No king but Caesar

In September 1862, a group of Chicago ministers sent a “memorial” (or long letter) to President Abraham Lincoln in which they made a theological argument for the elimination of slavery.

Lincoln had also heard from Southern clergy who used the same scriptures to justify slavery’s preservation.

In response, Lincoln wrote the Chicago group with words that today’s Christians might consider when it comes to matters involving sexual harassment and the setting aside of moral and biblical principles to achieve temporary political goals.

“I am approached with the most opposite opinions and advice, and that by religious men, who are equally certain that they represent the Divine will. I am sure that either the one or the other class is mistaken in the belief, and perhaps in some respects both. I hope it will not be irreverent for me to say that if it is probable that God would reveal his will to others, on a point so connected with my duty, it might be supposed he would reveal it directly to me; for, unless I am more deceived in myself than I often am, it is my earnest desire to know the will of Providence in this matter. And if I can learn what it is I will do it! These are not, however, the days of miracles, and I suppose it will be granted that I am not to expect a direct revelation. I must study the plain physical facts of the case, ascertain what is possible and learn what appears to be wise and right. The subject is difficult, and good men do not agree.”

Lincoln eventually made the right decision that culminated in The Emancipation Proclamation. The divided nation shed much blood over slavery, and the fallout from that war continues today in racial conflict.

I have listened to arguments on both sides of the sexual harassment issue by “good men” (and women). There are those who believe allegations of sexual harassment of teens and young women by Alabama Republican Senate candidate Roy Moore are sufficient to deny him a seat in the Senate. Others say that maintaining a 52-seat Republican majority is critical to advancing President Trump’s agenda, which includes seating more conservative judges on federal benches. This, they say, supersedes what Moore may or may not have done 40 years ago.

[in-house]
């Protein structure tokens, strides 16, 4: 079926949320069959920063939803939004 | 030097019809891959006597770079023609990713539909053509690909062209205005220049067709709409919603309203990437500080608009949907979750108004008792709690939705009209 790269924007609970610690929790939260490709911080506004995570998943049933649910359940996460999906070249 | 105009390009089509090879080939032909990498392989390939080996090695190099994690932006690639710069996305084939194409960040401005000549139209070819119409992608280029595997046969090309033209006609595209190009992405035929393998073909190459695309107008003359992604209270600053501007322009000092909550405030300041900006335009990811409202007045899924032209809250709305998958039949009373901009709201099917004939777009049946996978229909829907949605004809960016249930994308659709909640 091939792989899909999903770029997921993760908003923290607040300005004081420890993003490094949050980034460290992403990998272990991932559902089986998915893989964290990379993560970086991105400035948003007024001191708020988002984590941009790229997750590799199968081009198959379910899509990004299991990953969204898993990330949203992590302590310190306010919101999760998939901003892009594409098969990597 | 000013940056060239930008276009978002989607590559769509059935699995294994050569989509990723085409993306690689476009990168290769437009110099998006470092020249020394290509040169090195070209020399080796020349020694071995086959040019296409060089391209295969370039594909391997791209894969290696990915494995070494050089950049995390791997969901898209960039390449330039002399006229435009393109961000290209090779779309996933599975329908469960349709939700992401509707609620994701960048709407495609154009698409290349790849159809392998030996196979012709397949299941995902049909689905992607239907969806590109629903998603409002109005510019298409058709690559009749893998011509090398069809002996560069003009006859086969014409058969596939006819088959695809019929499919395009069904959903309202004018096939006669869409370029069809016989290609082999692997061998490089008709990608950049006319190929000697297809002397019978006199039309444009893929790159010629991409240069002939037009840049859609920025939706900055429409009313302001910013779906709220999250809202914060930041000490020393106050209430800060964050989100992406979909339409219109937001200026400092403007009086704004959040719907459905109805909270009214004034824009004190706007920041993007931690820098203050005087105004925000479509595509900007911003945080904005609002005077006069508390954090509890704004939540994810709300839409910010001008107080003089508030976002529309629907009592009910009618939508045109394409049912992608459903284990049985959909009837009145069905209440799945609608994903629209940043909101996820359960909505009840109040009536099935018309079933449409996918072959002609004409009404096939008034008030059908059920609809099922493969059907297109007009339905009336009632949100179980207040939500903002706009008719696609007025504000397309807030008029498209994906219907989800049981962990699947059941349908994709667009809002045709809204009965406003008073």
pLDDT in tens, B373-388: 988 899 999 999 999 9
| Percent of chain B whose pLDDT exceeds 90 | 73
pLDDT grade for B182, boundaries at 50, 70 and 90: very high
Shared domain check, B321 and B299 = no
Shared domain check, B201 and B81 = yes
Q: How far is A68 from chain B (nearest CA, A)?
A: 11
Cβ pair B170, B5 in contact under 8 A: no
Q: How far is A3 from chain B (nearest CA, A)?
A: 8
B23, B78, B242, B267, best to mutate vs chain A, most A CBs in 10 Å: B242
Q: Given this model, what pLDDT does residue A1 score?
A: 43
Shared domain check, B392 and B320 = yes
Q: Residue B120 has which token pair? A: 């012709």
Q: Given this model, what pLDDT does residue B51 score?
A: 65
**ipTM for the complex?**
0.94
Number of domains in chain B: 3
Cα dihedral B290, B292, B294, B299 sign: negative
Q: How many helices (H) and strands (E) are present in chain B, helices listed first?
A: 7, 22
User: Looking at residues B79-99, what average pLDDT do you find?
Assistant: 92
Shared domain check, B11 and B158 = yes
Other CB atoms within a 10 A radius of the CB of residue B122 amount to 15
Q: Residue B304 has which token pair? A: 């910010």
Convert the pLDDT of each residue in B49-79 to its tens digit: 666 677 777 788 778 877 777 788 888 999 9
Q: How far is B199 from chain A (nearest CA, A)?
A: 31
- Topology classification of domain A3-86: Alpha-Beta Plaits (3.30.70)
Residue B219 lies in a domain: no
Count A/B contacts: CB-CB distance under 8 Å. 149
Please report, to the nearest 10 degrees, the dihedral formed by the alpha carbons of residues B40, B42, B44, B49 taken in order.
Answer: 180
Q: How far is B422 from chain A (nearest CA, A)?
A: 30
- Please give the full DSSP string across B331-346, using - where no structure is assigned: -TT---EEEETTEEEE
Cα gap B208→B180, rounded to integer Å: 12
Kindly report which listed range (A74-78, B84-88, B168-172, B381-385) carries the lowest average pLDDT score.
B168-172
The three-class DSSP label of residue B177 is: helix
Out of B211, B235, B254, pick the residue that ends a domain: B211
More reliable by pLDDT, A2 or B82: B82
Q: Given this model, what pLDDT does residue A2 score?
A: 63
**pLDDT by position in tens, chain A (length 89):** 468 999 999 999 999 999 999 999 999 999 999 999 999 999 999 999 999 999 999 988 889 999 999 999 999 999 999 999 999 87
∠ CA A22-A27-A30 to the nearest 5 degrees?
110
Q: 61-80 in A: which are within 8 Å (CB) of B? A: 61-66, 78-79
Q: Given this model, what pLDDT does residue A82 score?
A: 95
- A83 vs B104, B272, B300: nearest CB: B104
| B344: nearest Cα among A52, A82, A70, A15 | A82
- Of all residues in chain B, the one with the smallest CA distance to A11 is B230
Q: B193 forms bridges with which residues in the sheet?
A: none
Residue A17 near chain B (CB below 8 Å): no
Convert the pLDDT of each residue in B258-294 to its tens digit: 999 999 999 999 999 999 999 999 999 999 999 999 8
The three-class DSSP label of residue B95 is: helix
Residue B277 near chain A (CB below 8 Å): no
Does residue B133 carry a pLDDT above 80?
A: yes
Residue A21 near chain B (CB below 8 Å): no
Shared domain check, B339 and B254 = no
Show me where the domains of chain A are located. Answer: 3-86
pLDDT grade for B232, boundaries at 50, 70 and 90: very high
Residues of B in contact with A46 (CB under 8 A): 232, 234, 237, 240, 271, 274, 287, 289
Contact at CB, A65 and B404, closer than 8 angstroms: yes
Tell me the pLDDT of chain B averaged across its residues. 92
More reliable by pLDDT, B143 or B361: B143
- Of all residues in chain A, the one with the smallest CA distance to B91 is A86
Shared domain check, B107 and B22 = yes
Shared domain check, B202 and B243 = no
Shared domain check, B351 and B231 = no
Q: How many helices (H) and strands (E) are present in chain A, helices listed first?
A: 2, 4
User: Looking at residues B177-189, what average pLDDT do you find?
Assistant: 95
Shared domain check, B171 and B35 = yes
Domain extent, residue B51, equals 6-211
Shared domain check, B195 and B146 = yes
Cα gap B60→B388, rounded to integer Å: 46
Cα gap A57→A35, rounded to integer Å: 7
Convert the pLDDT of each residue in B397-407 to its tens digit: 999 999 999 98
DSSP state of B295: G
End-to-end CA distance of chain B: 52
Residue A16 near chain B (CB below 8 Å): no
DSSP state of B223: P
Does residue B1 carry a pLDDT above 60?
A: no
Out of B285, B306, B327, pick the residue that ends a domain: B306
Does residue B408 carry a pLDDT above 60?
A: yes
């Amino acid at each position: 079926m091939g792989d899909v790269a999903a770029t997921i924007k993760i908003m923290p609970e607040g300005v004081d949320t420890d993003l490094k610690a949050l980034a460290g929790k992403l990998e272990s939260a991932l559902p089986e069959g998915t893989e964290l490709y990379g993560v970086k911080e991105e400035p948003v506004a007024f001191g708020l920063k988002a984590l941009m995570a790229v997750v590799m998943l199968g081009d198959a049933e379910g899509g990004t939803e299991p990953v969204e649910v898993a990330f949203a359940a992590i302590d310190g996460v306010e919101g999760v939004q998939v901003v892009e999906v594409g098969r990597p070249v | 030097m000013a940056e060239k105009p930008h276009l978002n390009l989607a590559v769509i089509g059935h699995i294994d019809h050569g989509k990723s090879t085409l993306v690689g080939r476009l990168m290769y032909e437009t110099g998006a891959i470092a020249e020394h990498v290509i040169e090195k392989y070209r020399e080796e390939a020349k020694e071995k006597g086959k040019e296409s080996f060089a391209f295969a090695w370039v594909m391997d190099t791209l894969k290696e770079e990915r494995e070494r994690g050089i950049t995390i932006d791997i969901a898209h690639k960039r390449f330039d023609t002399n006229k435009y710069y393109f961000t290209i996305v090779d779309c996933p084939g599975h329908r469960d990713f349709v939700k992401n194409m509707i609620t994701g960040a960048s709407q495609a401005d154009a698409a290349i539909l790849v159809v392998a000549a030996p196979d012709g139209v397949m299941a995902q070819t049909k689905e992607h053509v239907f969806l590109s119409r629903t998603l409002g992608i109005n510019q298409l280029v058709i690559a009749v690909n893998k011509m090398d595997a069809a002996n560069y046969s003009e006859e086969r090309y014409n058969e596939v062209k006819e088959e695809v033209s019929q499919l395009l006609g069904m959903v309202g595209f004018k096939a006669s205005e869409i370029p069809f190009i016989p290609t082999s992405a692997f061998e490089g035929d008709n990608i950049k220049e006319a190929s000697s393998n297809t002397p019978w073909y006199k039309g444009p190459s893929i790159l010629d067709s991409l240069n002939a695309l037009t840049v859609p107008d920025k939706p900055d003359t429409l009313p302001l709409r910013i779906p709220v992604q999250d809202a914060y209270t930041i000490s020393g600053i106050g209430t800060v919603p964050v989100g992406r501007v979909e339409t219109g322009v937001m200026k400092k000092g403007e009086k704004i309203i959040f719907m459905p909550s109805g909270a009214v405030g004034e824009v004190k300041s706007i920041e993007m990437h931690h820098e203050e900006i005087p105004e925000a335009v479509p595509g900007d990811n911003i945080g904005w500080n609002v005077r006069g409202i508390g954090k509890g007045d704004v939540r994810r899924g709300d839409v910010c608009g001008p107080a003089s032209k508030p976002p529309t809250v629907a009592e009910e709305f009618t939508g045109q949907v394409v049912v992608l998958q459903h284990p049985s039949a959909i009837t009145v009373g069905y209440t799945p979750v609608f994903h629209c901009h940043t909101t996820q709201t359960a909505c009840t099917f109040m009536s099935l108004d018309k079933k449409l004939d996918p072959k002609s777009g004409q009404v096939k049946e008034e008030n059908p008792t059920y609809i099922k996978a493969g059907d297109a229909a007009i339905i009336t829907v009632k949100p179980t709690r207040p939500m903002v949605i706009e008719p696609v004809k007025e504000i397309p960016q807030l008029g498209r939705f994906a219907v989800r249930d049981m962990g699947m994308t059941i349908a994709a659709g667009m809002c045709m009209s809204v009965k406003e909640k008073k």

By cleaning house (and the Senate) of their own bad boys, many Democrats think they will gain a previously hidden moral authority to win back the House and impeach President Trump for his alleged past (and they believe more recent) misdeeds.

The Democrats’ agenda might be true, but for evangelical Christians should either argument matter more than the King and Kingdom they are supposed to serve?

Some biblical wisdom might be instructive. In the Old Testament, Esau sold his birthright to his brother Jacob for a bowl of soup. He later regretted his decision, but at the time he was hungry and said his birthright meant little to him.

In the ultimate church-state moment where the crowd was forced to choose between demanding that Pilate give the order to crucify Jesus of Nazareth, or let Him go, there was this sobering exchange:

Pilate: “Shall I crucify your king?”

The chief priests: “We have no king but Caesar.” (John 19:15)

As then, today’s “chief priests” and church members are being asked to make a choice. One choice might give short-term satisfaction, as Esau experienced with his temporarily filled stomach, but it leads to a loss of credibility in the eyes of the world. It demonstrates that for Christians attaining earthly and temporal power is paramount.

Another verse that might help evangelicals: “Choose this day whom you will serve.” (Joshua 24:15).

Bob Dylan contemporized it this way: “Well, it may be the devil or it may be the Lord, but you’re gonna have to serve somebody.”

It’s time to choose.

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